The spring issue of National Affairs, the best public policy quarterly on the scene, came out today.
Editor Yuval Levin, whom we interviewed here in a widely read Q&A, asks in the National Affairs spring issue what will replace the welfare state. His thesis is that the welfare state as we know it is broken, is failing to serve America as originally intended, and can only be reformed if conservatives come up with a vision.
This passage will whet your appetite:
Our attachment to the social-democratic vision means that we tend to equate its exhaustion with our own exhaustion, and so to fall into a most un-American melancholy. On the left, fear of decline is now answered only with false hope that the dream may yet be saved through clever tinkering at the edges. On the right, the coming collapse of the liberal welfare state brings calls for austerity — for less of the same — which only highlight the degree to which conservatives, too, are stuck in the social-democratic mindset.
The fact is that we do not face a choice between the liberal welfare state on one hand and austerity on the other. Those are two sides of the same coin: Austerity and decline are what will come if we do not reform the welfare state. The choice we face is between that combination and a different approach to balancing our society's deepest aspirations. America still has a little time to find such an alternative. Our moment of reckoning is coming, but it is not yet here. We have perhaps a decade in which to avert it and to foster again the preconditions for growth and opportunity without forcing a great disruption in the lives of millions, if we start now.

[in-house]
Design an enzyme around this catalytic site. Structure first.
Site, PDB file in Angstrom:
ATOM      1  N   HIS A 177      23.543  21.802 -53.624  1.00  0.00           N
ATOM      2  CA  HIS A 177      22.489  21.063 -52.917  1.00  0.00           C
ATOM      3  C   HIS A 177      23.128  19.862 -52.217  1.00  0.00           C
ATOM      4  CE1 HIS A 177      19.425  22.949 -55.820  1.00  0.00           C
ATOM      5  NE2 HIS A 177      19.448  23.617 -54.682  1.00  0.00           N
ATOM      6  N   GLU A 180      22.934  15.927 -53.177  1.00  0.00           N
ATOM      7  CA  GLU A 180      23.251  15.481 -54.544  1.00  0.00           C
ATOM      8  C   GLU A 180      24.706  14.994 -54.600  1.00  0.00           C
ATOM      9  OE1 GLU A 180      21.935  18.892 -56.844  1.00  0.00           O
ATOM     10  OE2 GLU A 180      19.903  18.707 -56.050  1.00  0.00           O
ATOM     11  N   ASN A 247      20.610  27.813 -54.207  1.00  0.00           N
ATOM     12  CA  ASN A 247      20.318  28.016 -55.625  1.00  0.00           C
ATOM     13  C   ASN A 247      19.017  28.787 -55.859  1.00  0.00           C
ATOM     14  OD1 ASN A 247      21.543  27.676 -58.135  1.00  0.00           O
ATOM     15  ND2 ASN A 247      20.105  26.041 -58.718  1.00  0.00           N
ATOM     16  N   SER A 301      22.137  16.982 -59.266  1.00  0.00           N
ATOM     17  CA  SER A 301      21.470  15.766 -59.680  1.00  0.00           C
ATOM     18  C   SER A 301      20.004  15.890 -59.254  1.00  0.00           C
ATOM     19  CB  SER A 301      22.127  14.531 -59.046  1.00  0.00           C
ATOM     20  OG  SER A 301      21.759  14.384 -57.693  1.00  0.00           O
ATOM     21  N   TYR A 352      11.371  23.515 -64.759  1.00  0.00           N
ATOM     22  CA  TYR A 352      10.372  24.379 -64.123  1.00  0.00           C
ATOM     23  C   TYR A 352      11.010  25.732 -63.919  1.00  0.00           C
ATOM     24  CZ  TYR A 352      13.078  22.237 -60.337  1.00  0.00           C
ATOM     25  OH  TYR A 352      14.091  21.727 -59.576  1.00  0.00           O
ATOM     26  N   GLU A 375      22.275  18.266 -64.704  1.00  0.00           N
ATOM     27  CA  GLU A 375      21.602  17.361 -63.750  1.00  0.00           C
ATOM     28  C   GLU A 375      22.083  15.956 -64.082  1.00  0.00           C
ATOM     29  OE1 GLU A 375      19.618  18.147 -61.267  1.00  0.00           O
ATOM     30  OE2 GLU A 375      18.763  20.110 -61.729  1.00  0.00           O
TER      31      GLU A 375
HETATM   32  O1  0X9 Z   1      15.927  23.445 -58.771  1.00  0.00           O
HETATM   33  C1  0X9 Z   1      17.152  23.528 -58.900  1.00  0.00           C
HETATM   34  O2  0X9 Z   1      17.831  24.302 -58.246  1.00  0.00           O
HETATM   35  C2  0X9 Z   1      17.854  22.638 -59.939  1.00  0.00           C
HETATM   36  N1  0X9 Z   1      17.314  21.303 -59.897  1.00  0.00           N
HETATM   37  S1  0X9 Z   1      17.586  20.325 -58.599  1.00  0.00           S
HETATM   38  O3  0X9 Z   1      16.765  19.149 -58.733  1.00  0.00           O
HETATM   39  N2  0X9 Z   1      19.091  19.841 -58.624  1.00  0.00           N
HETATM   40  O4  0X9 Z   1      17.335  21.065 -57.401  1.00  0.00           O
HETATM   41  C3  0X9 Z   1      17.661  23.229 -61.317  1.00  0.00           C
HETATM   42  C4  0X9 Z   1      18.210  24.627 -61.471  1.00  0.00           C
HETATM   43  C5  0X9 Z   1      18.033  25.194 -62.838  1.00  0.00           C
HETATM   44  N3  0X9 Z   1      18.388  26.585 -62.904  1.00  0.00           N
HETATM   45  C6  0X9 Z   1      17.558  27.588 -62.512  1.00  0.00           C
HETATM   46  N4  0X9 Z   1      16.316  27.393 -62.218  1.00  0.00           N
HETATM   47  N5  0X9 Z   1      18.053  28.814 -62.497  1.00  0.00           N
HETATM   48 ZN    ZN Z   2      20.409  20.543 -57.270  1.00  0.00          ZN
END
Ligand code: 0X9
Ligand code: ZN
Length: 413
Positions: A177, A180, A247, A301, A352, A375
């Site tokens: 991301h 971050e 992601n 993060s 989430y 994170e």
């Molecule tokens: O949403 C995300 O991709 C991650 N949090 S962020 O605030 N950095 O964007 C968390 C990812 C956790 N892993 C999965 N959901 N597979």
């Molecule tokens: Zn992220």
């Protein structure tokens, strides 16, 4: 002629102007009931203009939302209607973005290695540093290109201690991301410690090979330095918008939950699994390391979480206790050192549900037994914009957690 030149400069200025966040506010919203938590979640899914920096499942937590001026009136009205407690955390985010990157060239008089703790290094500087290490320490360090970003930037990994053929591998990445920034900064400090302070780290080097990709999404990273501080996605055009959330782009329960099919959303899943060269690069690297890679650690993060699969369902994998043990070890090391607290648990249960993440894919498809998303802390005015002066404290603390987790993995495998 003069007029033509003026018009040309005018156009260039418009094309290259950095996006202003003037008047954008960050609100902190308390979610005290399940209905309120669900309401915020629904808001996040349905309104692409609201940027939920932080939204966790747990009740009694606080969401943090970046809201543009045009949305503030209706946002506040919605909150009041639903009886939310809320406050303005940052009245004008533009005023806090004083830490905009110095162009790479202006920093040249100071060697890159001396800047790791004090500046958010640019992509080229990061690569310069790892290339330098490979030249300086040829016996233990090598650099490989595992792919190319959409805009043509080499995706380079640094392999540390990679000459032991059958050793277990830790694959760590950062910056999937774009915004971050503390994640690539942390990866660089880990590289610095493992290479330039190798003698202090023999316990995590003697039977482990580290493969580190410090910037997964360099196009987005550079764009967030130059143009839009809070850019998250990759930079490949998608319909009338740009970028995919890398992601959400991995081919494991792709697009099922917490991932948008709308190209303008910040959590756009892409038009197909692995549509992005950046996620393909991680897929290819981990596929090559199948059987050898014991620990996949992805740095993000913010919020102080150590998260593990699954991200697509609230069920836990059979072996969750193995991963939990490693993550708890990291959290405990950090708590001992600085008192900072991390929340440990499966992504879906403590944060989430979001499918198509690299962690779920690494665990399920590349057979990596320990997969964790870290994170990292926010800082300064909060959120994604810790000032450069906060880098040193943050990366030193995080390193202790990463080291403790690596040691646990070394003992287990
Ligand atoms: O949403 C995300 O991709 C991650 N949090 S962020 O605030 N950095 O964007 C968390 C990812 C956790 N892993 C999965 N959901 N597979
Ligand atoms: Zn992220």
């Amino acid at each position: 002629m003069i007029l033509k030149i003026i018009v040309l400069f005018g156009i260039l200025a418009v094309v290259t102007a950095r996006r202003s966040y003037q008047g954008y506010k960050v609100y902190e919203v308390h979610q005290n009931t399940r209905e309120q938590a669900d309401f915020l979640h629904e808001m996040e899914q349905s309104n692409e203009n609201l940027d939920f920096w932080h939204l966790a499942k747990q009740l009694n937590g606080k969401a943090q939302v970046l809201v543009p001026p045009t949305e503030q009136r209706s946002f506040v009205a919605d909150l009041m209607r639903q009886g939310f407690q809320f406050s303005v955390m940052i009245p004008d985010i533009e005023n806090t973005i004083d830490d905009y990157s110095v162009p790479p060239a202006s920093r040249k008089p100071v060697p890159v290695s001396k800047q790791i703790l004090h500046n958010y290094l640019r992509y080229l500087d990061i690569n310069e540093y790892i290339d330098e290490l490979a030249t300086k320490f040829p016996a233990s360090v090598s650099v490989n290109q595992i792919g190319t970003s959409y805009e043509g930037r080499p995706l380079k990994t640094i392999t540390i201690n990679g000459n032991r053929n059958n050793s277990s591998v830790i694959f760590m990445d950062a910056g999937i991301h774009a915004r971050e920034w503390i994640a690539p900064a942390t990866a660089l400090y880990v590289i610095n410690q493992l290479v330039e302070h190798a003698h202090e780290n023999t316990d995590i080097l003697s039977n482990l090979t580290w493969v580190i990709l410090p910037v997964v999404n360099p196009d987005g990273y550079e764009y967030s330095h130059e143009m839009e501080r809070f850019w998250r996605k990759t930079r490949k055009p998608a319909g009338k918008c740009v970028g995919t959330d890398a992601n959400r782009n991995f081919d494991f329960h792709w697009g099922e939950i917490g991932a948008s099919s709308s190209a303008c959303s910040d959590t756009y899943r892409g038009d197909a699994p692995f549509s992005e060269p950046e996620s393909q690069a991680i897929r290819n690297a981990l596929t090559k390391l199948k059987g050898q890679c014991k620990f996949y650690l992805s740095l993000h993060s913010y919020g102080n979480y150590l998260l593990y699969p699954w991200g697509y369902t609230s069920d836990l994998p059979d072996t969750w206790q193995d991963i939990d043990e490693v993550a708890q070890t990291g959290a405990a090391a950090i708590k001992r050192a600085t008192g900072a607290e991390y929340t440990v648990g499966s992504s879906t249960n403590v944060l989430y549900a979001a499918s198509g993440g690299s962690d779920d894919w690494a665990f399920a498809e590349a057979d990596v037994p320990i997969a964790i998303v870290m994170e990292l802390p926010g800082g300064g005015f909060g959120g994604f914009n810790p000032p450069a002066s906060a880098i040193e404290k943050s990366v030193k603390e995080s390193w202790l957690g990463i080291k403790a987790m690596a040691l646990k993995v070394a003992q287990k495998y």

Levin walks the reader through a history of how we got to where we are and sketches out the kinds of reforms we'll need to reorient the role of government in our lives, in our society. Read the whole thing here.
Among the other quality essays, Josh Barro looks at how to fix the states' coming pension budget disaster, John Taylor looks at how increasing micro-management of monetary and fiscal policy has taken us in the wrong direction, and Tevi Troy takes a look at the troubled confirmation process that makes governing so challenging these days.